What Are The Benefits Of Eating Cabbage?

What Are The Benefits Of Eating Cabbage? It’s tasty, versatile, low cost and has a longer shelf life than other veggies. Grab a head on your next shopping trip!

What Are The Benefits Of Eating Cabbage?
What Are The Benefits Of Eating Cabbage?

You may have noticed that I have a lot of recipes on this site that use cabbage and there’s a very good reason for that.  I love cabbage.

The flavor of raw cabbage is strong and slightly bitter, which accounts for the tendency to serve it with dressing and accompaniments that are slightly sweet.  When cabbage is cooked, it becomes much milder and tends to blend with whatever items it’s cooked with.

This brings us to its versatility.  Cabbage can be eaten cooked or raw, hot or cold.  Shred it, chop it, boil it, fry it, braise it, roast it.  Cut it into steaks and throw it on the grill.  Wrap it around some ground meat and rice to make cabbage rolls.  The possibilities are endless.  Seriously.

Then there’s the low cost. Cabbage is second only to potatoes in terms of price per edible cup.  In today’s economy, we’re all looking to stretch a dollar as far as we can and cabbage can certainly help with that!  Maybe this is why the term cabbage sometimes refers to money!

Wait…did I mention that cabbage can last up to 2 months in your refrigerator? 

What Are The Health Benefits Of Cabbage?

What Are The Health Benefits Of Eating Cabbage?
What Are The Health Benefits Of Eating Cabbage?

Cabbage is a cruciferous vegetable.  This type of vegetable has long been known for its health benefits, including cancer prevention, protection from radiation therapy, heart health as well as improving immunity and digestion.

It has powerful levels of vitamin K, magnesium, folate and beta-carotene, to just name a few.

At 17 calories and 4 carbohydrates per cooked half-cup (one cup raw), cabbage is a valuable part of a low calorie and low carb diet!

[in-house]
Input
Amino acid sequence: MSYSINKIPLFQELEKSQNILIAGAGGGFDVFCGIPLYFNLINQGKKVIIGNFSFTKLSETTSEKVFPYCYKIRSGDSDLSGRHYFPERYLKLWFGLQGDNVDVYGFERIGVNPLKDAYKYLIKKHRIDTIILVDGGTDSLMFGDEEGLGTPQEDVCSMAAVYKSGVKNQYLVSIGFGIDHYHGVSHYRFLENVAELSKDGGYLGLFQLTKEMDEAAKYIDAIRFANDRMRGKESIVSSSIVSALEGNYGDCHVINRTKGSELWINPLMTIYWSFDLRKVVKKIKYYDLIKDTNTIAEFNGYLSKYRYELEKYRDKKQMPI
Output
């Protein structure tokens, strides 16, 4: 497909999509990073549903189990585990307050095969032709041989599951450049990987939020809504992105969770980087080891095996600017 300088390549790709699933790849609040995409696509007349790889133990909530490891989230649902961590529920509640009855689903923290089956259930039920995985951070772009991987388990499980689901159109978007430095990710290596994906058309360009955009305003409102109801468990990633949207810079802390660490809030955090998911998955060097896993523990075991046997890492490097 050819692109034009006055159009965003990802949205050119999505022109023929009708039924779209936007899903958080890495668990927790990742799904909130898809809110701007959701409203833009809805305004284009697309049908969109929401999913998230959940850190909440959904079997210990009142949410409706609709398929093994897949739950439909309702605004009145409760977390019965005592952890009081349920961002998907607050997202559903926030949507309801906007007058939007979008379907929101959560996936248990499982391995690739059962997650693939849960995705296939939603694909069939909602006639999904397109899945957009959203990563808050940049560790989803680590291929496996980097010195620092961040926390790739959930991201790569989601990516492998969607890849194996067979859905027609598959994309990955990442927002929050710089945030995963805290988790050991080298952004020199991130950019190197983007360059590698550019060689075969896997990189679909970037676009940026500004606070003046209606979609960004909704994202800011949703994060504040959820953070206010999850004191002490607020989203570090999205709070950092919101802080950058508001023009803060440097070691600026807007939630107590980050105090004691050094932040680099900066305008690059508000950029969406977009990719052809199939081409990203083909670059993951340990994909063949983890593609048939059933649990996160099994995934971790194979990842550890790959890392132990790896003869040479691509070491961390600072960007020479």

What About Fermented Cabbage?

What About Fermented Cabbage?
What About Fermented Cabbage?

Fermented cabbage, or sauerkraut as it is more commonly known, is a way to preserve cabbage by simply combining it with salt.  It then ferments at room temperature for 2-4 weeks, resulting in a salty and sour treat that will keep for up to a year in your fridge.

Not only does it taste great, but it also has good bacteria and provides probiotics, which are great for gut health and digestion.  Click here for step-by-step instructions to make your own sauerkraut right at home!

A similar method for preserving cabbage is to pickle it.  While it doesn’t last as long as sauerkraut, you can store it in the fridge for 4-6 weeks.

To make pickled cabbage shed enough cabbage to pack tightly into a quart-sized canning jar.  Mix 1 cup water, 1 cup vinegar and 1 tbsp sugar in a small saucepan.  Bring it to a boil, stirring to melt the sugar.  Pour liquid into the jar to cover the cabbage completely.  Place in the refrigerator for 24 hours before using.

Feel free to mix up this pickled recipe however you want to by adding additional veggies (I add onions) and/or using a different kind of vinegar.  You can also add more sugar if you prefer a “sweet and tart” version.